Volunteers helped in the floodplain forests

Collecting rubbish, painting fences or repairing castles is a way to improve the life across Slovakia.

(Source: SITA)

“The floodplain forests belong to the most endangered ecosystems not only in Slovakia, but also in the world,” said Barbora Vitázková as a group of volunteers gathered in front of her in the Biskupské Luhy protected landscape area on the outskirts of Bratislava on June 10.

Cleaning up rubbish in the Biskupské Luhy area and working on a shelter for animals that graze the local meadows were among the activities volunteers might have chosen within the Naše Mesto (Our City) event, the biggest volunteering happening in central Europe, organised by the Pontis Foundation and a group of firms called Engage.

This year it was attended by nearly 9,500 volunteers, which is the most in its 10-year history.

“The main motif [for us to join] was to introduce our work to people, teach them about the floodplain forests and the importance of grazing, and have them try this kind of work,” Vitázková told The Slovak Spectator. “Instead of sitting in the office, they were able to go out and see how much work it takes to prepare the place for animals or collect rubbish in the woods.”

Revitalisation of areas important

Vitázková is a member of the Regional Association for Nature Conservation and Sustainable Development (BROZ), whose main aim is to revitalise the rivers, restore the water system of river branches and adjacent wetlands.

BROZ has been attending the Naše Mesto event for several years, offering people the possibility to learn more about their work. The volunteers usually collect rubbish in the areas, but also learn more about why it is important to protect these kinds of landscape, Vitázková explained.

This year, they added an activity to prepare the area for goats and sheep that will graze the meadows in order to support the occurrence of rare plants, like orchids, and the restoration of meadow biotopes, she added.

The volunteers addressed by The Slovak Spectator enjoyed the activities. Tina Slováková of IBM, who participated in Our City for the first time, praised the fact she could visit the part of Bratislava she has never been before and learned about the activities to preserve the area.

Her colleague Stanislava Fajtová, who also attended the event for the first time, agrees, highlighting the fact they helped prepare a new shelter for animals that will graze the nearby meadows.

“As we use the colour, we can see how we proceed,” Slováková said.

Volunteering is popular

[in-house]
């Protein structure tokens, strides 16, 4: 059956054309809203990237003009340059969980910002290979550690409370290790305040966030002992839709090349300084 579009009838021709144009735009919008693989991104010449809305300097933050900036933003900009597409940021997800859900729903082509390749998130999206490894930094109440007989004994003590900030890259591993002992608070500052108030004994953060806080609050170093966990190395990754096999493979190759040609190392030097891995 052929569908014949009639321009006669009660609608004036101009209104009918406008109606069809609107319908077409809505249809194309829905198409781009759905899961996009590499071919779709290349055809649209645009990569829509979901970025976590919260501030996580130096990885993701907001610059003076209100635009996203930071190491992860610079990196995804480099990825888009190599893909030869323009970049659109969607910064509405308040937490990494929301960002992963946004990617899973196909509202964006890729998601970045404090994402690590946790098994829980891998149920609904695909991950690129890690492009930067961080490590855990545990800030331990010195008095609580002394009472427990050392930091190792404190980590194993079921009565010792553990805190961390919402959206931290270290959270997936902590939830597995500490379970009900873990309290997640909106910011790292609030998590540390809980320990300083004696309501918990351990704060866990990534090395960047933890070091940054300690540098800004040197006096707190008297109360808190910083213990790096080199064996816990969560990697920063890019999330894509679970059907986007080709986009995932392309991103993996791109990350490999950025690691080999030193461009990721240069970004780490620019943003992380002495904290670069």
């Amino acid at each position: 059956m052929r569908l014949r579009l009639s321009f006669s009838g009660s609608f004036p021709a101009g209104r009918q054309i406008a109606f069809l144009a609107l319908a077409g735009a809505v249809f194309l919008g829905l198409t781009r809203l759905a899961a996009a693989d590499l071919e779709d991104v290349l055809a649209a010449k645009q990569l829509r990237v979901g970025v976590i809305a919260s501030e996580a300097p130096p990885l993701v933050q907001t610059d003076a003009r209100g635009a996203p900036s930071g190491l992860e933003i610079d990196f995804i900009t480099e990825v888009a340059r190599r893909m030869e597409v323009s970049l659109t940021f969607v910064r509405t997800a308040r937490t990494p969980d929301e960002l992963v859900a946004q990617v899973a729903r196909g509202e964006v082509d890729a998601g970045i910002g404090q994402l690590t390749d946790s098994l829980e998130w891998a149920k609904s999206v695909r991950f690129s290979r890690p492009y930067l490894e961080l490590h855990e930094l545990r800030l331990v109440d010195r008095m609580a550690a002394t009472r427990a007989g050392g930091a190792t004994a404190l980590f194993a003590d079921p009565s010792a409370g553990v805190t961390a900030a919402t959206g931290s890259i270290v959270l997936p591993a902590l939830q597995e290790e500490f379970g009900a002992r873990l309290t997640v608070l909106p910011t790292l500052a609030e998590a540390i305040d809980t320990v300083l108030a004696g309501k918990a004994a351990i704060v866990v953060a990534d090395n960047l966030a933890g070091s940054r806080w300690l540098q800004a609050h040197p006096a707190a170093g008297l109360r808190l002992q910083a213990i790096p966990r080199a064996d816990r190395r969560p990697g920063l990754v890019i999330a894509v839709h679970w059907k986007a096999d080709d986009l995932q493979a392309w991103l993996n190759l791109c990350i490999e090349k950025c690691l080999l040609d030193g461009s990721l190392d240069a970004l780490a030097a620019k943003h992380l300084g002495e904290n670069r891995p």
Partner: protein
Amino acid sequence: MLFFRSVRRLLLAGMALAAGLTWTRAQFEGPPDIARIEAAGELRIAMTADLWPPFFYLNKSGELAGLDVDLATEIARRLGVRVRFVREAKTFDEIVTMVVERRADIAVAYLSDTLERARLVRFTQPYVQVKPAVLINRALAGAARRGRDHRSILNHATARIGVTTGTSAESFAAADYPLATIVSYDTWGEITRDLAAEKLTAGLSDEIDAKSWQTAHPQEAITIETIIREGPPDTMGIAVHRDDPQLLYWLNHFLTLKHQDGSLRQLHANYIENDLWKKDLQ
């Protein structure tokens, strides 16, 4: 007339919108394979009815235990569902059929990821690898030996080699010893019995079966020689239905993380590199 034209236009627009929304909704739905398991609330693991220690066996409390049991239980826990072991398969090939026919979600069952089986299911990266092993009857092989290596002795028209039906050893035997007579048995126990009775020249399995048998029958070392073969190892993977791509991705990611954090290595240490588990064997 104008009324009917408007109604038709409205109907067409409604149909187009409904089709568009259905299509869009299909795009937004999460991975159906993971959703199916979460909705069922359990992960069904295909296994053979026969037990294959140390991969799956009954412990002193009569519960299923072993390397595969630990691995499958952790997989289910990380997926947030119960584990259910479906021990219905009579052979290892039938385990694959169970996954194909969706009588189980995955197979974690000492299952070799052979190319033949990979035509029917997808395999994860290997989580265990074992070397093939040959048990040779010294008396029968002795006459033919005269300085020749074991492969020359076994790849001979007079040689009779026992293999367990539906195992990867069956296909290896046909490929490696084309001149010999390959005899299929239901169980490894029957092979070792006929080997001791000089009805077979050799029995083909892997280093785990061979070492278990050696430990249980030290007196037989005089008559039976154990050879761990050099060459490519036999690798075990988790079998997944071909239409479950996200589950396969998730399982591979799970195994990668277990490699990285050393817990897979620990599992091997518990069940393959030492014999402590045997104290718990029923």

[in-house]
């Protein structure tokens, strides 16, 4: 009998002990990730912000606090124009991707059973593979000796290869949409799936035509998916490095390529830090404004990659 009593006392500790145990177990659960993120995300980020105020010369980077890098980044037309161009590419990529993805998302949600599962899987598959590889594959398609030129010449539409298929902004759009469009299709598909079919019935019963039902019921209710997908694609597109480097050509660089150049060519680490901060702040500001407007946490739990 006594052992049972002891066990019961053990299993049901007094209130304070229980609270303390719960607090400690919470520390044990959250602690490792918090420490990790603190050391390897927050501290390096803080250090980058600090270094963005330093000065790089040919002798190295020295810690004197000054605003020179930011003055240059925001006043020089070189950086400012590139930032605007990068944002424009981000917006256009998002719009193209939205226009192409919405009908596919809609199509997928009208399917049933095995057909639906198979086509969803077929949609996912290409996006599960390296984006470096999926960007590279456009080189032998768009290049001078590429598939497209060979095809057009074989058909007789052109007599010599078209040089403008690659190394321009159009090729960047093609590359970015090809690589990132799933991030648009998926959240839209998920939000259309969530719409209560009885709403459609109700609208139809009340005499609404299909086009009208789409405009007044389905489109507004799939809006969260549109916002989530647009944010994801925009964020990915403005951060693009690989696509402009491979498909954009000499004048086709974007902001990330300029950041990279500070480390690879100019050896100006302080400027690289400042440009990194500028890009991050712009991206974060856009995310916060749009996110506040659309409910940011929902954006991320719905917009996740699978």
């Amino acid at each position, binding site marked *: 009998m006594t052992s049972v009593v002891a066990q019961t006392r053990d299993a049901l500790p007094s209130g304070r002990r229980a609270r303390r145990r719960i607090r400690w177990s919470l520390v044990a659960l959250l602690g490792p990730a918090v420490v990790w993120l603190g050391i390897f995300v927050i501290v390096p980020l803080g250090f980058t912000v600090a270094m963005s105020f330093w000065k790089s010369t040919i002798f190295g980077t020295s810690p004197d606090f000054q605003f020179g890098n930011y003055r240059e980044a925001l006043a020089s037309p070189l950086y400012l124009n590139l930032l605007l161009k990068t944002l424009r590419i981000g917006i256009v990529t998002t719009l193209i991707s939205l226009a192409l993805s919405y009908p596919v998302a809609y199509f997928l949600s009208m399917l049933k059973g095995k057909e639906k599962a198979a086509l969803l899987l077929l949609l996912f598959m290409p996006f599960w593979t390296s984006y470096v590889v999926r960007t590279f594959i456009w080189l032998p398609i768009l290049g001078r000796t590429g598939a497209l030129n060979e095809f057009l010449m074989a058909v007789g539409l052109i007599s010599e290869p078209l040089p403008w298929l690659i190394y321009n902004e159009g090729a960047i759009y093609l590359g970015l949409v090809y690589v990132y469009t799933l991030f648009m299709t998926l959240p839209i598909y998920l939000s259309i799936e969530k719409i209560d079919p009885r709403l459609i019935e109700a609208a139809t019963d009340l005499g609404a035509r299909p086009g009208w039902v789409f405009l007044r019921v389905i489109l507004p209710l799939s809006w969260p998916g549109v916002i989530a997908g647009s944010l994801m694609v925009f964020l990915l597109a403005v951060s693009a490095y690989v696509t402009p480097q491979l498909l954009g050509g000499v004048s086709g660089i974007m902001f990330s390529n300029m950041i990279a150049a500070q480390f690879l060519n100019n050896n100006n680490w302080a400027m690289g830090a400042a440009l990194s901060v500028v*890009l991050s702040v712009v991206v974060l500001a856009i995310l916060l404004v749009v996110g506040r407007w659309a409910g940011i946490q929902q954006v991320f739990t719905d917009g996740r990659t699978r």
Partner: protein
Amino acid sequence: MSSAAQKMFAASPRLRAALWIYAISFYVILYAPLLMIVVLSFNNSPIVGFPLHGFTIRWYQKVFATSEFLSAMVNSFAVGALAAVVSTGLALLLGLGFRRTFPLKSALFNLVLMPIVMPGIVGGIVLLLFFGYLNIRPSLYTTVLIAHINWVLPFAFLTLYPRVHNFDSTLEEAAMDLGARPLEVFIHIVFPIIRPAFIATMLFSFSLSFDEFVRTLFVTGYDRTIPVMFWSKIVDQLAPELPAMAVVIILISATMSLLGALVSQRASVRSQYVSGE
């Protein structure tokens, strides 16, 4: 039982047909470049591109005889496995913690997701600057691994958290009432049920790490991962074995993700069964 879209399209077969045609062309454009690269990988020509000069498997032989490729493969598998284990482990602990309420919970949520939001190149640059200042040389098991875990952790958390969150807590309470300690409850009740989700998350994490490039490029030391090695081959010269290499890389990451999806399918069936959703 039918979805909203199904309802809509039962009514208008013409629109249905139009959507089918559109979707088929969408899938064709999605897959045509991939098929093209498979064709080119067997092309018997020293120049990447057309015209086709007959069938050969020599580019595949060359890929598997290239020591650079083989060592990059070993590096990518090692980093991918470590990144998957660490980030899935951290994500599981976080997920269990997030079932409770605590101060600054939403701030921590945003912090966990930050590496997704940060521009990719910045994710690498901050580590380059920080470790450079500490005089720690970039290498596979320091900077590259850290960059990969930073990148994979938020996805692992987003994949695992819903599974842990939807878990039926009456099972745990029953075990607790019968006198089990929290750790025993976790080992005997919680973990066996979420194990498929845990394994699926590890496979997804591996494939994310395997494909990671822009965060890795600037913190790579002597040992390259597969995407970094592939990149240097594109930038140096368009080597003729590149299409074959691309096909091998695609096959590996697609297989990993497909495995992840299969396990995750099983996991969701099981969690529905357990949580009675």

The volunteers participated in some 516 activities in 28 towns and cities across Slovakia on June 10 and 11.

“Thousands of employees of various companies devote their time, manual skills and knowledge every year to contribute to the change in society,” programme director of Pontis Foundation Monika Smolová said, as quoted at the foundation’s website, adding that volunteering activities are often considered as a kind of teambuilding. “The firms perceive volunteering not only as a tool to develop the personal and professional skills of employees, but also as an opportunity to improve their approach to work and relation to the employer.”

Altogether 106 companies attended the activities organised by 231 non-governmental organisations, kindergartens, schools, municipalities and town districts.

The most volunteers (nearly 5,000) signed up for activities in Bratislava, helping the homeless people in Depaul reception centre or clients of the old people’s homes, repairing children’s playgrounds, tidying up public parks and gardens, entertaining children or cleaning up rubbish on the Little Danube embankment.

The volunteers also helped repair the amphitheatre in Sereď (Trnava Region), removed graffiti from a school building and decorated the facility for cancer patients in Košice, accompanied handicapped children and youth during canistherapy in Žilina or cleaned the banks of the Váh River in Šaľa (Nitra Region). They also helped repair altogether nine castles and castle ruins.

Moreover, professionals from companies offered free-of-charge pro bono advice to non-governmental organisations within the Pro Bono Marathon activity.

The volunteers addressed by The Slovak Spectator agree there is a big interest in their firm to attend such events.

“This year even the number of places [for volunteers] was increased and they were fully booked within a few hours,” Slováková said.

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